He accused shadow treasurer Chris Bowen of 'kicking in the guts hardworking mums and dads' and 'condemning them to a life of misery'.

Mr Martin stands to lose out from the royal commission's recommendation that lenders be banned from paying trailing commission fees to mortgage brokers for the life of a loan.

Detached real estate values in Australia's biggest housing market plunged by 10.9 per cent in the year to January 31, with Sydney's median values now at $902,786.

They have also plunged by 13.7 per cent since peaking in July 2017, with the Reserve Bank of Australia this week acknowledging a slump in house prices could hurt the economy.

During the past year, Melbourne's median house price has also fallen by 10.6 per cent to $740,425, following an Australian Prudential Regulation Authority crackdown on investor and interest-only loans.

Labor is also proposing to halve the capital gains tax discount from selling an investment property from 50 per cent to 25 per cent in a bid to discourage investors from competing with first-home buyers for property.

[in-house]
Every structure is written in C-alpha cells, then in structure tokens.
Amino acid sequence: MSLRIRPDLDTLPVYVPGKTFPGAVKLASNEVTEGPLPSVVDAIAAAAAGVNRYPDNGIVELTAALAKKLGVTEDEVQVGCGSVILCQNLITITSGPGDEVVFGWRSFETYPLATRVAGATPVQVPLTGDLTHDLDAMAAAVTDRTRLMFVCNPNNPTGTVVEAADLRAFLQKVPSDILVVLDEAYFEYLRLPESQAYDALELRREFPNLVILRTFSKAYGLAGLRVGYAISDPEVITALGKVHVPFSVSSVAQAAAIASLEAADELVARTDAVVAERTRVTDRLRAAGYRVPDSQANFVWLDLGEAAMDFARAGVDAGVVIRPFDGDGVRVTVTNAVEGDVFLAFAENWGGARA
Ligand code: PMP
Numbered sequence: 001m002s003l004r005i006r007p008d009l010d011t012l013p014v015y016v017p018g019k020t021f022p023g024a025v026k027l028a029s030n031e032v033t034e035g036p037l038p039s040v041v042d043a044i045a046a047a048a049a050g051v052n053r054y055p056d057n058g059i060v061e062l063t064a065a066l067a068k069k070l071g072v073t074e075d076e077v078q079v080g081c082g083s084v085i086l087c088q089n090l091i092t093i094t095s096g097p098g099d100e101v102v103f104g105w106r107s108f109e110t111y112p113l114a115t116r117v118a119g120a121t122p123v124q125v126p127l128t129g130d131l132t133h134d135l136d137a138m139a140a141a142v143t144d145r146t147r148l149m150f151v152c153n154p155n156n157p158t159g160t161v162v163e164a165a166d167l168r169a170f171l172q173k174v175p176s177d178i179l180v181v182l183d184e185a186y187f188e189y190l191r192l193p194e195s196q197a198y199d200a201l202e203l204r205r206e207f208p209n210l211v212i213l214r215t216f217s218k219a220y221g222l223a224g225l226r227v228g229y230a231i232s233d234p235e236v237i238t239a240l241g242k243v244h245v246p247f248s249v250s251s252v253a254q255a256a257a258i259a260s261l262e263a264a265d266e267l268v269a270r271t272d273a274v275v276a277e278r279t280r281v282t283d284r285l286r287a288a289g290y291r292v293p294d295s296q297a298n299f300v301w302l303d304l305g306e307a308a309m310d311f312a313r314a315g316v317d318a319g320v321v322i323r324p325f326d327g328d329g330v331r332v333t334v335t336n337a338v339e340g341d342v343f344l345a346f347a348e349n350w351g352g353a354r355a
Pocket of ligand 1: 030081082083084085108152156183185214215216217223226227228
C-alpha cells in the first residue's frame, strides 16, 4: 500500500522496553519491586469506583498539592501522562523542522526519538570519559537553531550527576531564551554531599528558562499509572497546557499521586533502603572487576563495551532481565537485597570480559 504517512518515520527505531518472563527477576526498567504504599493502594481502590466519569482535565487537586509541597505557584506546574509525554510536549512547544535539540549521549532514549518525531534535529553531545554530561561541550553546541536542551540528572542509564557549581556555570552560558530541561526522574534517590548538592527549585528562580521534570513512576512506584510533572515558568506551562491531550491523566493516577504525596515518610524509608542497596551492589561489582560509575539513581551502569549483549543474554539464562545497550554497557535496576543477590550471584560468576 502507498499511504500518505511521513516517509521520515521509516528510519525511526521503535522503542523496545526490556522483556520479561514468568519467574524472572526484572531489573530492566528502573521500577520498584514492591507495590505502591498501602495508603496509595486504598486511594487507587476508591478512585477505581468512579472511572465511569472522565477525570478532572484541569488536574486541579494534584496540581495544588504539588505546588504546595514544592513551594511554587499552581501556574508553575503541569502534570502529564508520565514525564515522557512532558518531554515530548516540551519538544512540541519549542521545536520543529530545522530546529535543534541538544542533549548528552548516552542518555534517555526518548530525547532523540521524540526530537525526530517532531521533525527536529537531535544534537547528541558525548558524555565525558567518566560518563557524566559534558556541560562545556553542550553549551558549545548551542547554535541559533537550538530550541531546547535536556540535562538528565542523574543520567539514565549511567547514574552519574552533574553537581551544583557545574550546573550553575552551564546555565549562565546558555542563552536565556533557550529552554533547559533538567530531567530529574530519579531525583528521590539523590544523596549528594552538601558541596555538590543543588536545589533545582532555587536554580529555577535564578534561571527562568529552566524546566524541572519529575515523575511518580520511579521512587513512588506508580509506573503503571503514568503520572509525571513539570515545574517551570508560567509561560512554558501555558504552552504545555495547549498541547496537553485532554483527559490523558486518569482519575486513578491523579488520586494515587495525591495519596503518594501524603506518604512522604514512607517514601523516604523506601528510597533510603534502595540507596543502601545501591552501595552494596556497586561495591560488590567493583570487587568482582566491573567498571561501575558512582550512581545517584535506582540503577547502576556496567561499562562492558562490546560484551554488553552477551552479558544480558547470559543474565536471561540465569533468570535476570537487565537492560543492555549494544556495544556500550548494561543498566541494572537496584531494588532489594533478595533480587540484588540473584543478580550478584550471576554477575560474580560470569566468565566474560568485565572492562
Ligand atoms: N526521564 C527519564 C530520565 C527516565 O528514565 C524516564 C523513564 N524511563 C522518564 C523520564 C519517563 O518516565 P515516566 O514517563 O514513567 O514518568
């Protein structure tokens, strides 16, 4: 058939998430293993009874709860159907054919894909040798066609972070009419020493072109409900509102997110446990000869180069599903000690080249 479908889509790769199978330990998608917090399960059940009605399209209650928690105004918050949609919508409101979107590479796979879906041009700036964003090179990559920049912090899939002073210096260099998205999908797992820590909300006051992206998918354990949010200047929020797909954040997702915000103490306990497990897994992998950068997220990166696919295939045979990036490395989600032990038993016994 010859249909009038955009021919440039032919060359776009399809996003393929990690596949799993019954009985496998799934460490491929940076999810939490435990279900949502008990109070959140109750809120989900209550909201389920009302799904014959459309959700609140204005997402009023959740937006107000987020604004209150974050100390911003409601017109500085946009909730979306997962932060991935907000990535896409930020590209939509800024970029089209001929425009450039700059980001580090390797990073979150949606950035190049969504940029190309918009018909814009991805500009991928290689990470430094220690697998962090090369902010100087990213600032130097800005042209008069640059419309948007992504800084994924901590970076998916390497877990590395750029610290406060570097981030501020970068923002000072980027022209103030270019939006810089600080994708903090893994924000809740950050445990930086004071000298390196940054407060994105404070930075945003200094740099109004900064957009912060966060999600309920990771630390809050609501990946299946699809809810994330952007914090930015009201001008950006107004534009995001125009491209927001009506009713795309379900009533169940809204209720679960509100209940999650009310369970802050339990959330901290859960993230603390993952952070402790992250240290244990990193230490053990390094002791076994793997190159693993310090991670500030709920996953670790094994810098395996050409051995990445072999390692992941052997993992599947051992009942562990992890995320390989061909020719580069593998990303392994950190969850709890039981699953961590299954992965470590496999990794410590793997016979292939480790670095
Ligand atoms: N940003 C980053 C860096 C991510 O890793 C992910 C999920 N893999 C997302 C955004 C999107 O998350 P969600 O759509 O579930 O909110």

National Shelter, an advocacy group for affordable housing, said existing capital gains tax discounts benefited wealthy investors, and locked younger people out of the housing market.

'Investors who already own a property or more have been able to out-compete first-home purchasers who then can't get a foothold in the market,' the group's executive officer Adrian Pisarski told Daily Mail Australia.

'Over 90 per cent of investors are buying existing properties in locations that first-home purchasers would normally want to live.

'House prices have doubled every decade for the last four decades or more in Sydney and Melbourne in particular.'

Sydney is also the world's third most expensive property market behind Hong Kong and Vancouver, the Demographia International Housing Affordability Survey for 2019 found.

This situation means many younger people, even those on above-average full-time salaries of $85,000 a year, are struggling to buy a house or even an apartment in Sydney.

Someone on that kind of wage would already be spending 40 per cent of their take-home pay on servicing a mortgage for a $500,000 apartment, with a 20 per cent deposit factored in.

Shadow treasurer Chris Bowen this month argued 70 per cent of the capital gains tax discount and negative gearing went to the top 10 per cent of income earners.

'Simply put, each of these subsidies have become a vehicle not to make Australia a fair place, but to provide further support to those who need it less than others,' he said.

The Opposition wants to free up $80billion in government spending over the next decade so more money can be dedicated to schools and hospitals.